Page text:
June 2, 2020


The Story of the Really Weird Night Richard Nixon Hung Out With Hippies at the Lincoln Memorial (HOWARD MEANS, MAY 17, 2016, The Washingtonian)

Nixon, it turned out, couldn't sleep Friday night--and couldn't stop talking, either. Between the end of his 10 pm press conference and 3:30 the next morning, the White House logged 50 phone calls from the President, eight to national-security adviser Henry Kissinger alone. Shortly after the last call, Nixon roused his valet, Manolo Sanchez, to ask if he wanted some hot chocolate. Sanchez declined, but Nixon wasn't discouraged. Had Sanchez ever seen the Lincoln Memorial, the President persisted. The valet apparently had not, and with that, the Night of the Weird began.

"I said, 'Get your clothes on, and we will go down to the Lincoln Memorial,'" Nixon said in a version of events he dictated for the record several days later. "Well, I got dressed, and at approximately 4:35, we left the White House and drove to the Lincoln Memorial. I have never seen the Secret Service quite so petrified with apprehension."

With cause. Protesters had already gathered at the memorial in advance of Saturday's demonstration against the war, against the Kent State dead, against, most personally and viscerally, Richard Nixon himself. But a man on a manic high, as the President almost certainly was, and the commander in chief of the world's largest army and his own Secret Service, as he constitutionally was, is not easily dissuaded.

A famous photograph captures the next scene: Nixon in suit and tie, the ski-nose profile tilted slightly forward, a handful of sleepy-eyed demonstrators listening in shock and dull amazement, maybe wondering what drug could have produced such an apparition, as the President reprised his press-conference triumph for an early-morning audience who, stranded on the Mall, hadn't watched a moment of it.

"I said I was sorry they had missed it because I had tried to explain in the press conference that my goals in Vietnam were the same as theirs--to stop the killing, to end the war, to bring peace...There seemed to be no--they did not respond. I hoped that their hatred of the war, which I could well understand, would not turn into a bitter hatred of our whole system, our country, and everything that it stood for. I said, 'I know you, that probably most of you think I'm an SOB. But I want you to know that I understand just how you feel.' "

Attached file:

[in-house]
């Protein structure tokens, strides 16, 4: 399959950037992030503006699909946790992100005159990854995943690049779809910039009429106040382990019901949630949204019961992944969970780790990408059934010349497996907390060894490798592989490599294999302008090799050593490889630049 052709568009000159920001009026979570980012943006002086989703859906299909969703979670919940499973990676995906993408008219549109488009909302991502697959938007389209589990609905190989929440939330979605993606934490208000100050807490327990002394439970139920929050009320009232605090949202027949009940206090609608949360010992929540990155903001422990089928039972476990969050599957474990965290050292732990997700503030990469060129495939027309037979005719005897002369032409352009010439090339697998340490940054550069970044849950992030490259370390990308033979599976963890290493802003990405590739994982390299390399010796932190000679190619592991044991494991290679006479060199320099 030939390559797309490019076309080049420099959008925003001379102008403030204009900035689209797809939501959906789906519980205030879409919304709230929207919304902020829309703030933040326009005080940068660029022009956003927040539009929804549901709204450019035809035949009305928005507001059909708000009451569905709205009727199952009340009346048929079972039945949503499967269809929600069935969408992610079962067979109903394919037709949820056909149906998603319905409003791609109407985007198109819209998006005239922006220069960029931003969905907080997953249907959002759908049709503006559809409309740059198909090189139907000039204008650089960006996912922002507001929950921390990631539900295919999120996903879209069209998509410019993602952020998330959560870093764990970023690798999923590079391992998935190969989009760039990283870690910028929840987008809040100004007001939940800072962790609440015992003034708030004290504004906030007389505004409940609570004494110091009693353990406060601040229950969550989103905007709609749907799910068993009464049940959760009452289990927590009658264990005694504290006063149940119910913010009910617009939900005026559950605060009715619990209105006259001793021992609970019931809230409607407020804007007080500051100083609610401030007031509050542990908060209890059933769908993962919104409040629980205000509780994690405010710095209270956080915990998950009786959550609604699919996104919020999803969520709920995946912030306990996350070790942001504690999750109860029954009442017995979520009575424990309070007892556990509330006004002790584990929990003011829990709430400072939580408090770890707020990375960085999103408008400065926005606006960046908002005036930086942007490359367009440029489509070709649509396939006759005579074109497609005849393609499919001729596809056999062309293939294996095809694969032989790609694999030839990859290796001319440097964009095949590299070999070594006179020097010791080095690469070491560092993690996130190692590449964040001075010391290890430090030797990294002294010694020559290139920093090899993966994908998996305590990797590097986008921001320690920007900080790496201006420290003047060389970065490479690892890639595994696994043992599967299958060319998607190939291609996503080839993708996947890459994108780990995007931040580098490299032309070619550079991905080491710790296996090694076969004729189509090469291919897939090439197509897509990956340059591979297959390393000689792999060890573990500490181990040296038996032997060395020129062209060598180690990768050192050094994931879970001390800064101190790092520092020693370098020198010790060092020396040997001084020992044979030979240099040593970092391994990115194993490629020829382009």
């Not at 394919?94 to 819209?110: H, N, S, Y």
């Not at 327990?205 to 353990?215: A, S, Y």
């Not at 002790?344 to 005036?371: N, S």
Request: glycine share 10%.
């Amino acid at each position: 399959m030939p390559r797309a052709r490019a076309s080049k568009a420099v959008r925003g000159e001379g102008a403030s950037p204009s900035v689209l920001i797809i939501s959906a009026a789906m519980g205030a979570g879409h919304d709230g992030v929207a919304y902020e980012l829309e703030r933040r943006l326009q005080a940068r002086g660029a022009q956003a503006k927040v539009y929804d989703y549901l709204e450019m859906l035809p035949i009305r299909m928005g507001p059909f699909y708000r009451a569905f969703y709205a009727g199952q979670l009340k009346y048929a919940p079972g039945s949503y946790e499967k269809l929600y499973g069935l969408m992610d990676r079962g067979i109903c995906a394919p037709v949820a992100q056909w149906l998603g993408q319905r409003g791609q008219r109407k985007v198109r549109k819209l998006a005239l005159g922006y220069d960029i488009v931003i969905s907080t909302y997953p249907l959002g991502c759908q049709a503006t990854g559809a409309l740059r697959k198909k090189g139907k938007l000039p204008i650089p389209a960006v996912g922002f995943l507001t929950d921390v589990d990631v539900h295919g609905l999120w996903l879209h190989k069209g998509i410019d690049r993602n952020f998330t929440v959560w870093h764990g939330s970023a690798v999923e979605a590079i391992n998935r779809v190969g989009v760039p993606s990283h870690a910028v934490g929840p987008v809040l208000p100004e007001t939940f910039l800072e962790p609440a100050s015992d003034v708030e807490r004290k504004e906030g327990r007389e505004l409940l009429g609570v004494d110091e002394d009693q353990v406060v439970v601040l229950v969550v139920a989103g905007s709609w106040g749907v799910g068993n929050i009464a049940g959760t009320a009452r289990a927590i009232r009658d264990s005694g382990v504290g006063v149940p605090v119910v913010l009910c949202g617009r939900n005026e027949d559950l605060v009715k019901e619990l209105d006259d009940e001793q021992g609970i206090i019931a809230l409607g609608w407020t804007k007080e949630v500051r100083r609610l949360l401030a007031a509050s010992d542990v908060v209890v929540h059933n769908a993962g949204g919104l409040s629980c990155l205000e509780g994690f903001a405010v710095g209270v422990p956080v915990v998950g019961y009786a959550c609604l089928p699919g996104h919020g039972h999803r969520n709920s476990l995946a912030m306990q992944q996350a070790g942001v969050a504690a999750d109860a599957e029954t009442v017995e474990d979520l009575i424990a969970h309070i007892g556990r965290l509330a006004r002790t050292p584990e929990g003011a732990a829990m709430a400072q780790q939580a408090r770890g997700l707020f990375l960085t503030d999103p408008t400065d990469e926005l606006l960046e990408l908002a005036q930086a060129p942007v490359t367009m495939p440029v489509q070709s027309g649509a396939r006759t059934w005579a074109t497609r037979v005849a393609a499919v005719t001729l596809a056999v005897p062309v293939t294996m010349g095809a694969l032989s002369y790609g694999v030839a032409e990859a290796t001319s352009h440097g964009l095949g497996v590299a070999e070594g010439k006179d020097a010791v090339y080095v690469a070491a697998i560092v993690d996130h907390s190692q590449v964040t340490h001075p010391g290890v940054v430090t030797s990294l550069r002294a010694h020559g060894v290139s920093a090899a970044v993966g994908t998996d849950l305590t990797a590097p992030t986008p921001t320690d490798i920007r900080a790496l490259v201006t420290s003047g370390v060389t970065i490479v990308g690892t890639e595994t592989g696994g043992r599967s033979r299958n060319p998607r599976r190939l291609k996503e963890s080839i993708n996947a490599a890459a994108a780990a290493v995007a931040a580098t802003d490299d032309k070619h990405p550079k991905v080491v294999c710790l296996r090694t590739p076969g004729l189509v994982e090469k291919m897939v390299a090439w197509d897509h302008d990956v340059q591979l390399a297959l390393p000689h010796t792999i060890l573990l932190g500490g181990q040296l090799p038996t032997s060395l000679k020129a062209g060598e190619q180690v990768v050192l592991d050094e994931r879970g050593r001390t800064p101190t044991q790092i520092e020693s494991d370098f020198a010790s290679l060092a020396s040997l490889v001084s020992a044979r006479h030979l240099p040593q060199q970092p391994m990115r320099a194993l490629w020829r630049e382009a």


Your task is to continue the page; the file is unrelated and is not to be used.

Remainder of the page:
That's the President's official account. The protesters would tell an alternate version to the press who descended on them that morning. Nixon mentioned Vietnam, but when that drew a tepid response, he moved to other topics. What college were they attending? One student was at Syracuse University, a chance for the commander in chief to talk about football. Another was from California--on to surfing.

Both accounts are in keeping with a President obsessed with war matters, battered by Kent State, challenged by small talk (aides commonly fed him three-by-five cards for such moments), and physically brave, but as the sun began to rise and word of the night visitor spread, even Richard Nixon had to acknowledge that it was time to leave.

Haldeman caught up with the presidential party at about 6:15, but not back at the White House. Manolo Sanchez had never seen the famous "well" of the House of Representatives, either. Having roused security there, the President was sitting at one of the House desks as his valet took to the same podium used for State of the Union addresses.

From there, and now also with press secretary Ron Ziegler in tow, the presidential entourage proceeded to the Mayflower Hotel on Connecticut Avenue for breakfast. Back at the White House finally and still unable to sleep, Nixon wandered over to the Old Executive Office Building to greet the soldiers who were just waking up in their sleeping bags on the fourth floor. 

Posted by at June 2, 2020 12:00 AM